Four Part Harmony

Last weekend I attended the memorial service for Ed Bryant. I saw a lot of old friends, grieved, laughed an enjoyed Ed. His childhood as a farm boy reminded me of my father’s, not that they had much in common. But it occurred to me that some of the old stories need to be preserved in some fashion.

There’s a unique heritage involved in being a Mennonite, pacifists, who for many years had the second largest relief organization in the world behind the Red Cross. The Mennonites moved over the centuries from eastern Germany and Holland, into Poland, the Ukraine, and Russia. All to avoid being forced to fight in the army. At last, after maintaining a cohesive in-group culture through all of that, they came to the United States in the 1870’s. Ironically, with the advent of television and the Internet, automobiles and mechanized farming, the US accomplished what no other country or culture could do from the 1600s on. The US has proved fatal to Mennonite culture. Where once 100 families farmed, now there are three. The churches are gone, the culture is all but a memory.

My grandparents, Henry and Minnie, married in 1920. I’ve written a fictionalized account of their courtship that I hope to publish soon. This one is about my dad, born in 1928. Henry and Minnie had a daughter, Ruth, followed by five boys, my dad being the third. The fourth, Ruben, died in infancy. They’d hoped for a daughter in there somewhere, but ended up with four boys.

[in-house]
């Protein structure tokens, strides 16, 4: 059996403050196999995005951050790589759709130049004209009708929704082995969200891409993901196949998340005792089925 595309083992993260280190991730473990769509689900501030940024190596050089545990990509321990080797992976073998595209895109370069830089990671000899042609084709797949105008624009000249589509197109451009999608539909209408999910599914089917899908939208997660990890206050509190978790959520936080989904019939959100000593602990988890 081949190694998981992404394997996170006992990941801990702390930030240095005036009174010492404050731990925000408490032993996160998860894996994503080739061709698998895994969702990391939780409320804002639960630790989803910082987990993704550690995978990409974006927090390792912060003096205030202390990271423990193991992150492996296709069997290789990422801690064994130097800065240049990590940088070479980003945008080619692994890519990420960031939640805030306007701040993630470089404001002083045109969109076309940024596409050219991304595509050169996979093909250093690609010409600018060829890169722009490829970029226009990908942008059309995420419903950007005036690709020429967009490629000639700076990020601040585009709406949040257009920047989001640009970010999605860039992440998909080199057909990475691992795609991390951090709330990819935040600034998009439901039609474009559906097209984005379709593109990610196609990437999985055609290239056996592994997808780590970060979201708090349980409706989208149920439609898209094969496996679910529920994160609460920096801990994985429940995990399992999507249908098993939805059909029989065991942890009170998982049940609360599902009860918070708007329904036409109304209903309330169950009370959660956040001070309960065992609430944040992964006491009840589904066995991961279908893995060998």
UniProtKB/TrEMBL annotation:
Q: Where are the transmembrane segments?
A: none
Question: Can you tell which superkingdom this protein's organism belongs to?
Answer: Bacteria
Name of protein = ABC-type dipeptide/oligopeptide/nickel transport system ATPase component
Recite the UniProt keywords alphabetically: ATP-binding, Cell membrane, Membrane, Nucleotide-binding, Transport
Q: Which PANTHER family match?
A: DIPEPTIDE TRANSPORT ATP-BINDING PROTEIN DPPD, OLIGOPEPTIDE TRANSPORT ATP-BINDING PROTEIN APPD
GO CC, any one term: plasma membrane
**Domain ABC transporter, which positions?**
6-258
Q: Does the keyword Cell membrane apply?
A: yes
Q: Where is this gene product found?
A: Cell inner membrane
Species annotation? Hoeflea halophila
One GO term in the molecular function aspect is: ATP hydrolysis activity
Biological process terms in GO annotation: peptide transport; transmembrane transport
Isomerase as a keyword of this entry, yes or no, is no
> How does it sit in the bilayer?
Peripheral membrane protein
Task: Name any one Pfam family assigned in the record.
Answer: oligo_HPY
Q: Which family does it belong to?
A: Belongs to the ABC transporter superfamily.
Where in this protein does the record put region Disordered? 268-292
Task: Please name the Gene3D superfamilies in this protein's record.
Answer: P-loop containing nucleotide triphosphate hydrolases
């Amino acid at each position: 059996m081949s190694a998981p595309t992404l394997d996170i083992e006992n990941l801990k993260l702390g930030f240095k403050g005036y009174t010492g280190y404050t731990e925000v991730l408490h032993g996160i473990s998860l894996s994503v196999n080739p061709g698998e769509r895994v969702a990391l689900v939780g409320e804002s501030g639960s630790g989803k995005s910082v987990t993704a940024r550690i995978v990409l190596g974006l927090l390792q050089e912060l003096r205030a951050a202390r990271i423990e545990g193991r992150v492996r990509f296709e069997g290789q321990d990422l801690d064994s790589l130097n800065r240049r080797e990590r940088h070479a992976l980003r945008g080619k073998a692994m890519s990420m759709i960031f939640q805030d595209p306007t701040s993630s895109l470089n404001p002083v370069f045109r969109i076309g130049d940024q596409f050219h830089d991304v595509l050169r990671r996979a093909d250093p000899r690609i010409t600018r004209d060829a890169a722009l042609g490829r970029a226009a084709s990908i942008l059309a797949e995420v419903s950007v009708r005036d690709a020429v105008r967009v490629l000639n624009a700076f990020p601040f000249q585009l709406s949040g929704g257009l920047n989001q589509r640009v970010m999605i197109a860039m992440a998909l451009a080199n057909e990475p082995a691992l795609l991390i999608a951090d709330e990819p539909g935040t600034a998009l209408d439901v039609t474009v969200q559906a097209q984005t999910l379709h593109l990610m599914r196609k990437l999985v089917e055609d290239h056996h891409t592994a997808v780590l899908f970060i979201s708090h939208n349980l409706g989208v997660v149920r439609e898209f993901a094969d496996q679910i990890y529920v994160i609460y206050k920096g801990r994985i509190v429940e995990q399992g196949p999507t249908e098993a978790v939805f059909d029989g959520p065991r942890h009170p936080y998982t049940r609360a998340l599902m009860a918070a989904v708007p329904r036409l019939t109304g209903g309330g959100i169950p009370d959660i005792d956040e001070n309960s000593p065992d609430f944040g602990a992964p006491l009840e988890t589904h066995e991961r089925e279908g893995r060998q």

Now, part of the Mennonite heritage is music. When I worked for my uncle on the farm during college, the Mennonite church on the country corner had special music each week. “Special” meant that someone, often a young person, organized a song, recruited two to four others, practiced and sang it.  This was an expected part of participating in the fellowship, in the culture, even if you couldn’t carry a tune. It was what you did, starting in High School if not earlier. If you were a Mennonite, you sang. At my cousin’s church here in Denver, the congregation sings acapella four part harmony better than most church choirs.

For my father, they also had the radio. Although, not in the house. In the Depression, they couldn’t afford such luxuries.  But the car had a radio. Thus, the boys would pile in the car, and drain the battery listening to the Carter Family on scratchy AM radio. Thus they learned all the classics, Red River Valley, Working on the Railroad, and all the gospel songs. And, being Mennonites, the four boys sang.  Four part harmony on the Great Plains.

For their entire lives, they sang, at least until their hearing went. So we, my cousins and siblings, grew up on four part harmony too. Recently, my 91 year-old uncle sent us recordings of my dad singing for my uncle’s wedding and at a high school event. He was really, really good. Until the last few years, he sang with these guys:  I only heard them a few times, but I remember having no interesting in listening to them. I wanted to sing with them.

This weekend, with Ed’s memorial, it reminded me of the sadness here too, that the Friesen boys’ four-part-harmony will not be heard again. The oldest died a few years ago and the others can’t hear well enough to hit the notes any more.

And yet the heritage is not gone. Both of my children sing. One writes music. Both will sing all their lives and pass that on to any children they might have.  While the four part harmony is gone, the music lives on.